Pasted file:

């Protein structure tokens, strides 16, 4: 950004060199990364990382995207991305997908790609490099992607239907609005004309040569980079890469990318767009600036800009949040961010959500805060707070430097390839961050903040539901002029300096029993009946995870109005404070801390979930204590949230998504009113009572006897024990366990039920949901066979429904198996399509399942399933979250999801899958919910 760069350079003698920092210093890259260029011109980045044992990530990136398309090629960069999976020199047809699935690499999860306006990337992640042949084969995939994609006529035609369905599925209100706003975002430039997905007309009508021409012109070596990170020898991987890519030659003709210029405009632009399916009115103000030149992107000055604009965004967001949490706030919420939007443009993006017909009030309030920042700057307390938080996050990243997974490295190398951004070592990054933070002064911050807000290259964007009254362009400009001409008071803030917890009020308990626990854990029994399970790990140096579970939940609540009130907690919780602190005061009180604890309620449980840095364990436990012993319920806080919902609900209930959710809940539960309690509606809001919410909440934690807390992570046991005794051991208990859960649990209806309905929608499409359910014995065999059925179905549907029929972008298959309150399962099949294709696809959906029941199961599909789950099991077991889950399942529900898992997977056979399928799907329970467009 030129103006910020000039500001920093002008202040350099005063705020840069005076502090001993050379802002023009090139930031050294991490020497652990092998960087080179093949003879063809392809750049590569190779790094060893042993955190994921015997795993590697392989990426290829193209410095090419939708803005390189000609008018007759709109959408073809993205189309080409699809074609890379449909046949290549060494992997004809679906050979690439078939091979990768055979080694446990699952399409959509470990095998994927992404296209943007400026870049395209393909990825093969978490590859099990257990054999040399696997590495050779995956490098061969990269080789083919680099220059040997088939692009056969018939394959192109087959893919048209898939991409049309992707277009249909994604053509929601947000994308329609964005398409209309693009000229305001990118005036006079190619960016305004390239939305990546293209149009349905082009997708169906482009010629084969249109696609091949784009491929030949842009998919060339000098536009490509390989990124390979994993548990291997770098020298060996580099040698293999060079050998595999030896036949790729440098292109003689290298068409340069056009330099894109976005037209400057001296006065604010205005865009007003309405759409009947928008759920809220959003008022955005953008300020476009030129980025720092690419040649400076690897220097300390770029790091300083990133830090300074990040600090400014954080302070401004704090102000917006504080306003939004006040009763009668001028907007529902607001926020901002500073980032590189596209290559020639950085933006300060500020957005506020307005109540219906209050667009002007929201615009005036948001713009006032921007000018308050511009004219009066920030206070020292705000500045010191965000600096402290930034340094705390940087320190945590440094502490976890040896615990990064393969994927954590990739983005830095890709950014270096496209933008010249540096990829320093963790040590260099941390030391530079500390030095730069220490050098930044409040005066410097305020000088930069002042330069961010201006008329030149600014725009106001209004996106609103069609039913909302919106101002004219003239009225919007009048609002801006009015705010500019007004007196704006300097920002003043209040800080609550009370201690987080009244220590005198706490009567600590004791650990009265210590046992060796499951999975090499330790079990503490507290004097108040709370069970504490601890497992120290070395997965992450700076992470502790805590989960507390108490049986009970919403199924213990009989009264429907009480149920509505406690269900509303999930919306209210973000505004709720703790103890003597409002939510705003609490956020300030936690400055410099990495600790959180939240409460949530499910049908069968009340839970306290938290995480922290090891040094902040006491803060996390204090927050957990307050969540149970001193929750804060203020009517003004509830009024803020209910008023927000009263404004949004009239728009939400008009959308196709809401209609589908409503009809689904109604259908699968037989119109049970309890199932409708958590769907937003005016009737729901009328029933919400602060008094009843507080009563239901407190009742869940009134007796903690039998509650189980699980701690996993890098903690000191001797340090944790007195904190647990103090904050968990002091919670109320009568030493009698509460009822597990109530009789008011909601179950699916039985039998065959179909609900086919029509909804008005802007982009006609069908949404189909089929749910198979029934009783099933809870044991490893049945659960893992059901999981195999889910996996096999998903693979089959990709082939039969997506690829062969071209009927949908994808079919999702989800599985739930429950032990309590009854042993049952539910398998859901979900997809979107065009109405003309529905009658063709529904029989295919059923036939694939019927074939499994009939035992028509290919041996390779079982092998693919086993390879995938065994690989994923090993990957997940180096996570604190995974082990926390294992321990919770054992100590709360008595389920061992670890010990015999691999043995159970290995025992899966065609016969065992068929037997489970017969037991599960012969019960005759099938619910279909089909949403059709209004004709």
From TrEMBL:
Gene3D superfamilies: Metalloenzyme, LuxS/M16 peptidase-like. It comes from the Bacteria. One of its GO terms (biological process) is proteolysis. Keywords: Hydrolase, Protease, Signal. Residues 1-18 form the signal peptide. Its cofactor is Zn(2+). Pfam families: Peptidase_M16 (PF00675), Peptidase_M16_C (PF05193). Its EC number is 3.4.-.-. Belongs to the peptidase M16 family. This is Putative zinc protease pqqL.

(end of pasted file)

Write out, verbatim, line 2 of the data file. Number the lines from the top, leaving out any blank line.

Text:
From TrEMBL: